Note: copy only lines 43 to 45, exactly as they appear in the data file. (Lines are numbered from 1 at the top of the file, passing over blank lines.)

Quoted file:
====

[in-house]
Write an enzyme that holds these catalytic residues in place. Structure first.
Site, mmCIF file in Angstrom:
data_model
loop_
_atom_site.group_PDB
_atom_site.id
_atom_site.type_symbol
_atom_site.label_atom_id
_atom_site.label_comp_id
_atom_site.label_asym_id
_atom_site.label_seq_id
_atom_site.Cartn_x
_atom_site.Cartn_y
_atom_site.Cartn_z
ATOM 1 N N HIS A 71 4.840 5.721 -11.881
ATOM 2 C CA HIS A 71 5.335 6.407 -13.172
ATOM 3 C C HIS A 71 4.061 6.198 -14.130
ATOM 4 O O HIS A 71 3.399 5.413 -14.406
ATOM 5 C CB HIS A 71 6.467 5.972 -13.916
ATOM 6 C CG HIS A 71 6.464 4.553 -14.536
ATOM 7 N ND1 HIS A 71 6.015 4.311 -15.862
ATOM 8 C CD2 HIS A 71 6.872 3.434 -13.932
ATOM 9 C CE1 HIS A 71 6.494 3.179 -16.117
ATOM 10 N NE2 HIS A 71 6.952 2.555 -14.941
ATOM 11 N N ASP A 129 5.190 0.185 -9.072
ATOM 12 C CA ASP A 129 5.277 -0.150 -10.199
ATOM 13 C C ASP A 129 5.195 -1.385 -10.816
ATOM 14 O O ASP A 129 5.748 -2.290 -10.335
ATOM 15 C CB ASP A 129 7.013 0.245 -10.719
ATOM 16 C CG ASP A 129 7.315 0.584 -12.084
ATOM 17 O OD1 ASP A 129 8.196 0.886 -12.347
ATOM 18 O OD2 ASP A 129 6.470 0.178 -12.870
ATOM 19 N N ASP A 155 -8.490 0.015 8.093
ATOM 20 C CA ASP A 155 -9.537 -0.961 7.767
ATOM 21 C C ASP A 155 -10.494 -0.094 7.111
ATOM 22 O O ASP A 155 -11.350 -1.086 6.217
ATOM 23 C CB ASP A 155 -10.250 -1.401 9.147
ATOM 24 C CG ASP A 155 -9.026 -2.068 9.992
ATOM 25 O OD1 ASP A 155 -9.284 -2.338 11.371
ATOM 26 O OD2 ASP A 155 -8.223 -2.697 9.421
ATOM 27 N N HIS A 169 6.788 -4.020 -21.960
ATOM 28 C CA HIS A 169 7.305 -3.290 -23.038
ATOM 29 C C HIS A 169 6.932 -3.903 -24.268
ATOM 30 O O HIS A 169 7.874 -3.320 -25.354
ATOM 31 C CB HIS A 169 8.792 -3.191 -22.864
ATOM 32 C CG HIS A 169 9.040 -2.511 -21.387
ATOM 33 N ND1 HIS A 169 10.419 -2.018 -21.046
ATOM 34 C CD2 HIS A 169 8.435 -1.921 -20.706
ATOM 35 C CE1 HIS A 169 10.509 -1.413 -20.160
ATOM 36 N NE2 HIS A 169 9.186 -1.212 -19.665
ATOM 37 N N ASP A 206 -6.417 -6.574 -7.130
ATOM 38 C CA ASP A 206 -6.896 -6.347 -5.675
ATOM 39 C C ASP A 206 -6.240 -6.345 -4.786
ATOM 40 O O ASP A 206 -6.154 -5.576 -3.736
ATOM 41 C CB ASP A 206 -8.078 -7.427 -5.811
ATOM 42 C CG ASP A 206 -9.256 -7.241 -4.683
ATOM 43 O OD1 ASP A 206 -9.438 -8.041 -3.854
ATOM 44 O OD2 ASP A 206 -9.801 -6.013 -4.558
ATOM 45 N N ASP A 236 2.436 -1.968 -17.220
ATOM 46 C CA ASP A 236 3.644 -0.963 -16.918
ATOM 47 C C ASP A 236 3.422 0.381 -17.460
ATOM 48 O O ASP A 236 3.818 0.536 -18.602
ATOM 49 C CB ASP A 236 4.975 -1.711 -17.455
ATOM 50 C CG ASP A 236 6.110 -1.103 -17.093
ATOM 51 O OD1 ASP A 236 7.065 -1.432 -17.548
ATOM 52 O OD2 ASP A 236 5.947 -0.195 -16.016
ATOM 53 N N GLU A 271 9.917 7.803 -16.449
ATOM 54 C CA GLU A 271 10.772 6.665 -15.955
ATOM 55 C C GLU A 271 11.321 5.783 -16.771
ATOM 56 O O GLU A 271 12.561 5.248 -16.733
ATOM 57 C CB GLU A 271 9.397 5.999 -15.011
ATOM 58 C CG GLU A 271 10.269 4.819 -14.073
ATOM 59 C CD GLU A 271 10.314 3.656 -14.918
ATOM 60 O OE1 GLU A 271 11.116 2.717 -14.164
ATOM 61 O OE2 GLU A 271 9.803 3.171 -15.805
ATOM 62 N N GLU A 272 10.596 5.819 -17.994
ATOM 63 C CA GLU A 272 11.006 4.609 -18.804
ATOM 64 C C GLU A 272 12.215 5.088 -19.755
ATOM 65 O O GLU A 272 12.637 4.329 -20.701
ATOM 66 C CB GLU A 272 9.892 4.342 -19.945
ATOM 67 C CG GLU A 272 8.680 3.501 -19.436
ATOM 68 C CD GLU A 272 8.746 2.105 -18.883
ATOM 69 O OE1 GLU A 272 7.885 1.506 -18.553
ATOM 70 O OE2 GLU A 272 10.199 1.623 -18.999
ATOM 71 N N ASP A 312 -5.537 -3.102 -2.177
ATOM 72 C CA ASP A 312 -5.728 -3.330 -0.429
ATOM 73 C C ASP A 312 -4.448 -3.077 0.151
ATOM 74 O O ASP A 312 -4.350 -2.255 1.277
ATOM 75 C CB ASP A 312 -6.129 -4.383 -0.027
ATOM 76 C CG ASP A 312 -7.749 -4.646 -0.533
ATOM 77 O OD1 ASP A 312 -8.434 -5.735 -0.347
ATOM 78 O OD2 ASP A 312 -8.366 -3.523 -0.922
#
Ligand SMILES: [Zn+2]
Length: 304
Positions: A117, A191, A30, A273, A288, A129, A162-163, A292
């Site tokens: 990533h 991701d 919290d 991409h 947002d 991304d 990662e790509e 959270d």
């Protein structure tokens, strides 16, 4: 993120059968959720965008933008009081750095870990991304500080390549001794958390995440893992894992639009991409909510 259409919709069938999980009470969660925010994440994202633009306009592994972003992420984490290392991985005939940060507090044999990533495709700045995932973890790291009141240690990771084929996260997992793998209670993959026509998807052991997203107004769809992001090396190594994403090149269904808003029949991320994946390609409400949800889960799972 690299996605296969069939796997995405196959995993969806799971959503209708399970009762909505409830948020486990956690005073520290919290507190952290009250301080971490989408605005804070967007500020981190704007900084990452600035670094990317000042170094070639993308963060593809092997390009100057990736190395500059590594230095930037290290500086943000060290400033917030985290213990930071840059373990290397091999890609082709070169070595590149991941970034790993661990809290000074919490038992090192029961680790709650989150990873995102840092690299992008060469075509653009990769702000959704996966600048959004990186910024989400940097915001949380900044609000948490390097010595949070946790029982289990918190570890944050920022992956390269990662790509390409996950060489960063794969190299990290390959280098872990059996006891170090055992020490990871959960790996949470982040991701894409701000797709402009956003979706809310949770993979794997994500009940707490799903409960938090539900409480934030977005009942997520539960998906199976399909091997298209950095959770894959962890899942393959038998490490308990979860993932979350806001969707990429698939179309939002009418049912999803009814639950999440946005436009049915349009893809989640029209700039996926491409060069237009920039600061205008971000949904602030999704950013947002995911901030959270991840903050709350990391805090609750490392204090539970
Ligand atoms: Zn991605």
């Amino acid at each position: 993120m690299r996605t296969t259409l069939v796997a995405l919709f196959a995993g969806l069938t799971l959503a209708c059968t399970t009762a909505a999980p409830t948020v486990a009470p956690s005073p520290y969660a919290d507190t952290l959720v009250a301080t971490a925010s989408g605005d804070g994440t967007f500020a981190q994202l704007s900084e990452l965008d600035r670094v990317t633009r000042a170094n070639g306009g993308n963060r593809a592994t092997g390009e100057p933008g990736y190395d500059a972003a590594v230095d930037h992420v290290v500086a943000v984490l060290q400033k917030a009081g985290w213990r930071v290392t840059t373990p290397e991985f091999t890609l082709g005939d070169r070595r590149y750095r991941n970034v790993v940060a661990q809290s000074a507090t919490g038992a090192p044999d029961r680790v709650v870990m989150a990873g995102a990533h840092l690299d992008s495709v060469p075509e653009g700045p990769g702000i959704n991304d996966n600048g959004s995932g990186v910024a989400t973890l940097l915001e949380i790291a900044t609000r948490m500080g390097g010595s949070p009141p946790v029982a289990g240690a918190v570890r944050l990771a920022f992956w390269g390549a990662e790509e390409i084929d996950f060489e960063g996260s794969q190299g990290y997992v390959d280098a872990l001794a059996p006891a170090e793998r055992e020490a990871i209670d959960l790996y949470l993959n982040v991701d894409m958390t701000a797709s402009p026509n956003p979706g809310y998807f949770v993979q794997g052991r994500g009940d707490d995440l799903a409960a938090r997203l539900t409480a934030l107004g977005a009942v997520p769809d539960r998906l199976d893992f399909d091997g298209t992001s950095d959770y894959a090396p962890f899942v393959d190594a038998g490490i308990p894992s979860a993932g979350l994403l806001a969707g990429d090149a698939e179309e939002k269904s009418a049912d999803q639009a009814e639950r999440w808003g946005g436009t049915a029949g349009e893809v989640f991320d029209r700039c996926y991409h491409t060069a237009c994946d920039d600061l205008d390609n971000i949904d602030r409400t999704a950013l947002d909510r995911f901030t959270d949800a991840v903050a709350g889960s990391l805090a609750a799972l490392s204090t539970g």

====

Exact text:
ATOM 28 C CA HIS A 169 7.305 -3.290 -23.038
ATOM 29 C C HIS A 169 6.932 -3.903 -24.268
ATOM 30 O O HIS A 169 7.874 -3.320 -25.354